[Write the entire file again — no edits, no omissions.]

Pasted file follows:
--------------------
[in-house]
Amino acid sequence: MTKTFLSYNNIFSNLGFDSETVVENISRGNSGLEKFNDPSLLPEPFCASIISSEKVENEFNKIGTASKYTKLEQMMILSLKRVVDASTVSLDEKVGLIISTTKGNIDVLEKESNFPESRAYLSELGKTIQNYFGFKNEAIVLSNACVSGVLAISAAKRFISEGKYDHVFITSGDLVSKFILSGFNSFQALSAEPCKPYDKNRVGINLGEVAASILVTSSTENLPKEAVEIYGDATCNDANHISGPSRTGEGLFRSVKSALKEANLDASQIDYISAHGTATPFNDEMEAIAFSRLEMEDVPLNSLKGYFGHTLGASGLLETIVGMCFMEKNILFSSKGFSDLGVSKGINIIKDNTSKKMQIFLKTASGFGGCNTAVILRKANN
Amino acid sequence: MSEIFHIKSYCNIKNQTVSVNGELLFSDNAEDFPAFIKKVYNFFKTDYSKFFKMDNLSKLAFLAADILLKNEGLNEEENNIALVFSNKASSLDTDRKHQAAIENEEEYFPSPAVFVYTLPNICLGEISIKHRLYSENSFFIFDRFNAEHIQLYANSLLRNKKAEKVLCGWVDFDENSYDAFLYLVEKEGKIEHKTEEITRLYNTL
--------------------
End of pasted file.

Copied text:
[in-house]
Amino acid sequence: MTKTFLSYNNIFSNLGFDSETVVENISRGNSGLEKFNDPSLLPEPFCASIISSEKVENEFNKIGTASKYTKLEQMMILSLKRVVDASTVSLDEKVGLIISTTKGNIDVLEKESNFPESRAYLSELGKTIQNYFGFKNEAIVLSNACVSGVLAISAAKRFISEGKYDHVFITSGDLVSKFILSGFNSFQALSAEPCKPYDKNRVGINLGEVAASILVTSSTENLPKEAVEIYGDATCNDANHISGPSRTGEGLFRSVKSALKEANLDASQIDYISAHGTATPFNDEMEAIAFSRLEMEDVPLNSLKGYFGHTLGASGLLETIVGMCFMEKNILFSSKGFSDLGVSKGINIIKDNTSKKMQIFLKTASGFGGCNTAVILRKANN
Amino acid sequence: MSEIFHIKSYCNIKNQTVSVNGELLFSDNAEDFPAFIKKVYNFFKTDYSKFFKMDNLSKLAFLAADILLKNEGLNEEENNIALVFSNKASSLDTDRKHQAAIENEEEYFPSPAVFVYTLPNICLGEISIKHRLYSENSFFIFDRFNAEHIQLYANSLLRNKKAEKVLCGWVDFDENSYDAFLYLVEKEGKIEHKTEEITRLYNTL